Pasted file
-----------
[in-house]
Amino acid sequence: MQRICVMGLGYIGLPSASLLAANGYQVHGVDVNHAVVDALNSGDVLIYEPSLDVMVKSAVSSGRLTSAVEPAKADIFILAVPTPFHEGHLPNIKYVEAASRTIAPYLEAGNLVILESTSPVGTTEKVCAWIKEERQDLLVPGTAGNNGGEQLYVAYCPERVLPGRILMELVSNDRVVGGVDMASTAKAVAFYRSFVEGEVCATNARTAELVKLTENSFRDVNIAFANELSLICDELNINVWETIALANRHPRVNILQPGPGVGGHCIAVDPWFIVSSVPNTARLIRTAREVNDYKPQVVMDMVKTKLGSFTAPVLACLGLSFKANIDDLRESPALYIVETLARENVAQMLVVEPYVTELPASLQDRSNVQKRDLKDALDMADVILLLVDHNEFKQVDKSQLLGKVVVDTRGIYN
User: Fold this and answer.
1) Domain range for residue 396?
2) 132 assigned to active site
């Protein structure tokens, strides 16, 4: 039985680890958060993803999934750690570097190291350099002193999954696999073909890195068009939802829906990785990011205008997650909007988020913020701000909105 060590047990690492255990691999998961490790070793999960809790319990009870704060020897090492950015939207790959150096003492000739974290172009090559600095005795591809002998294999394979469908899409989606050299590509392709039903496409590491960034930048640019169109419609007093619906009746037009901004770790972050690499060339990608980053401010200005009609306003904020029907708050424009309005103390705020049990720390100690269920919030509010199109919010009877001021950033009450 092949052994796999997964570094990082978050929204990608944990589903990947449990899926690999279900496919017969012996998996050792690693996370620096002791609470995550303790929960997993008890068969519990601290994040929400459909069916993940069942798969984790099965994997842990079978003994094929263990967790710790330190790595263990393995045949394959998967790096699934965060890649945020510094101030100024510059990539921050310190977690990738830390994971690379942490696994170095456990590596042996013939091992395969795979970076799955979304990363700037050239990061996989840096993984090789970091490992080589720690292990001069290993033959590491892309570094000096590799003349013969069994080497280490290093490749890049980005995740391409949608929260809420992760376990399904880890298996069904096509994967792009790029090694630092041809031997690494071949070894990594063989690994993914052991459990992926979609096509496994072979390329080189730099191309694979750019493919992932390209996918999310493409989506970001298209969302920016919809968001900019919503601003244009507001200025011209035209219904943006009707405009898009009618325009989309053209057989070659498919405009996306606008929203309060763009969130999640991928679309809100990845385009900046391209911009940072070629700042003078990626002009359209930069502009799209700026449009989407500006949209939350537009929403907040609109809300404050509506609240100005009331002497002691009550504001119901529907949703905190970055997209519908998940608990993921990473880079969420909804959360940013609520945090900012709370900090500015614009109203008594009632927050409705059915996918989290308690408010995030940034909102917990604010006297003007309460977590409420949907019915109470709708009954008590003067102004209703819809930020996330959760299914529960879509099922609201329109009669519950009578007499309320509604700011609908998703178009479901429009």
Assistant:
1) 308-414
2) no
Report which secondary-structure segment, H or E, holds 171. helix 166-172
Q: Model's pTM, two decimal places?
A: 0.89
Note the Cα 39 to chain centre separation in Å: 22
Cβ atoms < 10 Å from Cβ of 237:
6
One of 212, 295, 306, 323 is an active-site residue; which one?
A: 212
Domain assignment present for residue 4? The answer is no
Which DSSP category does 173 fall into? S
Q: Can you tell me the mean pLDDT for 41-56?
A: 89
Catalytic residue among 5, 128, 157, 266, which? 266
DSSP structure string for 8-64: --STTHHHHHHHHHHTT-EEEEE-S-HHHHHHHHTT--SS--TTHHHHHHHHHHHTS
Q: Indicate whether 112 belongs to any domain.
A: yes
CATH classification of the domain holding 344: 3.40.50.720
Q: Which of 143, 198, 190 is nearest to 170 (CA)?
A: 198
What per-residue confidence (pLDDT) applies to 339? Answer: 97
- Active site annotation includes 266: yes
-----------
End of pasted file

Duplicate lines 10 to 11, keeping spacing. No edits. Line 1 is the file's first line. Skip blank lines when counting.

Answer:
Report which secondary-structure segment, H or E, holds 171. helix 166-172
Q: Model's pTM, two decimal places?